Dogecoin Co-Creator Takes Swipe At Elon Musk, Calls Him ‘Grifter’, But Deletes The Tweet Later.
Jackson Palmer, one of the co-creators of Dogecoin, slammed Elon Musk, who has often supported the meme currency on Twitter, leading to a massive surge in its value over the past few months. Palmer tweeted that the Tesla CEO was a “self-absorbed grifter” and also lashed out at Musk’s Saturday Night Live (SNL) appearance as “cringe.” The tech tycoon had called Dogecoin a “hustle” during one of his gigs on the popular TV show, following which the digital currency started a downward spiral but soon stabilized.
However, Palmer also said that he would delete his tweets criticizing Musk in “one minute,” and he did that.
Dogecoin Creator Jackson Palmer Criticizes Cryptocurrency.
Dogecoin co-creator Jackson Palmer isn’t on social media much. After nuking his YouTube channel and turning his Twitter account private back in mid-2019, the software engineer hadn’t made a peep on the platforms at all, not even when prices for his meme-y crypto reached record highs earlier this year.
However, that blackout ended today when Palmer briefly resurfaced on Twitter with an important reminder: cryptocurrency’s a scam and always has been.
“After years of studying it, I believe that cryptocurrency is an inherently right-wing, hyper-capitalistic technology built primarily to amplify the wealth of its proponents through a combination of tax avoidance, diminished regulatory oversight, and artificially enforced scarcity,” he tweeted out on Wednesday afternoon.
Read Why bitcoin is going down?
Cryptocurrencies, generally, have had a hell of a year. Bitcoin, the most well-known of the bunch, saw its price peak at over $63,000 in mid-April before crashing a month later to the mid-$30,000s. Dogecoin, meanwhile, rode the crypto boom “to the moon,” as they say, jumping from about $0.06 per dogecoin to over $0.68 per coin, then similarly plunged to somewhere in the middle. The entire time, of course, the value of crypto at all remained debatable.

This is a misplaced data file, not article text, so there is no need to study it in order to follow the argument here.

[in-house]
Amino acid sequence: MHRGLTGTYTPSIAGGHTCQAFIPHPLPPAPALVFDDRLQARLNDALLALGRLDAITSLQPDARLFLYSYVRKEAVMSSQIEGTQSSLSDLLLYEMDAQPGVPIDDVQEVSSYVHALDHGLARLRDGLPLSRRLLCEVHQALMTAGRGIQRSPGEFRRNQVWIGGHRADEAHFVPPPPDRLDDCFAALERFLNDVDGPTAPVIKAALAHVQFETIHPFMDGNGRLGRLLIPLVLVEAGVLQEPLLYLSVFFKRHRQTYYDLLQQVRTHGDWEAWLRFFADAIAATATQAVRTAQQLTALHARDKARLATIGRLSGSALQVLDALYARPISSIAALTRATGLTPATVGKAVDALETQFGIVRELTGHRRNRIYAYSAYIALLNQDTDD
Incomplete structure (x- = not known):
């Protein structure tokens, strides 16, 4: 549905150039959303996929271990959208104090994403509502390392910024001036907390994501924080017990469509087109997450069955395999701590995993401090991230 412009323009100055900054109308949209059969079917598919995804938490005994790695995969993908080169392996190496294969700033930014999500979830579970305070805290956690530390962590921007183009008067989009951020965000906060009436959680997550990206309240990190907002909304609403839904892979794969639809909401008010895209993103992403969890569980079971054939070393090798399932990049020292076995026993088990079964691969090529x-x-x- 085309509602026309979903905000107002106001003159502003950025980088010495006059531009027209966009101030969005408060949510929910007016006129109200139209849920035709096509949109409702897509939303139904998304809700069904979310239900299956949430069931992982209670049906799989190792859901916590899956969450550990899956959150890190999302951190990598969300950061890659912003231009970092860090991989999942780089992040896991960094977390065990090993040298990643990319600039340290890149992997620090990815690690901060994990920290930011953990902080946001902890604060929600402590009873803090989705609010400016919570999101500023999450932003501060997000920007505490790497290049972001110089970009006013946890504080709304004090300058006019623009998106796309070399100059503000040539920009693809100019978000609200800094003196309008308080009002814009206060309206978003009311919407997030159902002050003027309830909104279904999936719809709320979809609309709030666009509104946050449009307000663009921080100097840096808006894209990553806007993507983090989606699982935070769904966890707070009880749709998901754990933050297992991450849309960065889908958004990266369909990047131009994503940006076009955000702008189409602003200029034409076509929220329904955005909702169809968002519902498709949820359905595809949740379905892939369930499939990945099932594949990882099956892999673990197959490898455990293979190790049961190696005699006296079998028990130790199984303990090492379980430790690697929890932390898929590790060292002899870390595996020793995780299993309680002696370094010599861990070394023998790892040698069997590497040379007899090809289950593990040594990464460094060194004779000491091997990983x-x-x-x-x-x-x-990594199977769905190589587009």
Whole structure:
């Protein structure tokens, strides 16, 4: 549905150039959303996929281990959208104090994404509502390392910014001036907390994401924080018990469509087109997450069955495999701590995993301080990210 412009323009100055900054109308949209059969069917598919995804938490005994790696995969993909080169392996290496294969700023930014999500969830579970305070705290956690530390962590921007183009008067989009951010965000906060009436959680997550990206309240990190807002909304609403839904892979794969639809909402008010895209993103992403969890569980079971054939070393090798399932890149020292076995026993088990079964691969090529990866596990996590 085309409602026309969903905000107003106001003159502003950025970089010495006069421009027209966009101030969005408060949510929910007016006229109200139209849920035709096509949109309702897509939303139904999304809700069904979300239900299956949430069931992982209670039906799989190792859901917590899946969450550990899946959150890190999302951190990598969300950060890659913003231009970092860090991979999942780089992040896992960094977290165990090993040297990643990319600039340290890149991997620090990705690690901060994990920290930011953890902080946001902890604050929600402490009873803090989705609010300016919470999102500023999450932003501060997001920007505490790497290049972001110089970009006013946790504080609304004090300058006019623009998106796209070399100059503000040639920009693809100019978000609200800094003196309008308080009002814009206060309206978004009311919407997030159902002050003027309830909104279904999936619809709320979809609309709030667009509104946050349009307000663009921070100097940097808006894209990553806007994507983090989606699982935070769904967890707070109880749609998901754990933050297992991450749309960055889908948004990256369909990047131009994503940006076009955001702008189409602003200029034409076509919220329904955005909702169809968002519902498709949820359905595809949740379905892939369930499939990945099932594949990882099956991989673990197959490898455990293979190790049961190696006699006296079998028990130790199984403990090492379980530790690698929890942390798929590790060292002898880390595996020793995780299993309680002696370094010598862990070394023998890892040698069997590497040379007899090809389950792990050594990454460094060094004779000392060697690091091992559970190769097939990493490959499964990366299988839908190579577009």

A few days ago, Musk had put out a Tesla statement that the electric vehicle manufacturer was suspending payments in Bitcoin, the world’s largest cryptocurrency because he was “concerned” about the rapidly increasing use of fossil fuels for Bitcoin mining and transaction. Tesla had invested $1.5 billion (roughly Rs. 10,990 crores) in Bitcoin earlier this year.
Later, he also said that he was working with the developers of Dogecoin, the fourth-largest crypto, to improve “system transaction efficiency.”
It was not immediately clear if Palmer’s reactions resulted from Musk’s tweet where he said that though he believed in cryptocurrency, “it can’t drive a massive increase in fossil fuel use.”
A Twitter user then asked him whether he considered energy consumption when he and Palmer created the meme currency. Markus replied that Dogecoin was created in “like two hours,” and they “did not consider anything.”
The Bottom Line
This isn’t the first time Palmer had railed against cryptocurrencies. After dogecoin reached a market cap of $2 billion in 2017, he wrote in Vice that “something is very wrong,” and that the crypto industry had been hijacked by “scammers and opportunists.”
Things have only gotten crazier since then. Though it has lost about two-thirds of its value since its May peak, dogecoin DOGEUSD, -2.28% is still up more than 4,100% year to date, with a current market cap above $28 billion.
Both Palmer and Markus stepped away from dogecoin years ago. But while Markus is still active in the crypto world, Palmer is done. In the 2017 Vice article, Palmer said he ended his involvement with dogecoin and crypto in 2015 and donated his proceeds to charity. And don’t ask him about it again — Palmer’s tweet-thread Wednesday began: “I am often asked if I will ‘return to cryptocurrency’ or begin regularly sharing my thoughts on the topic again. My answer is a wholehearted ‘no.”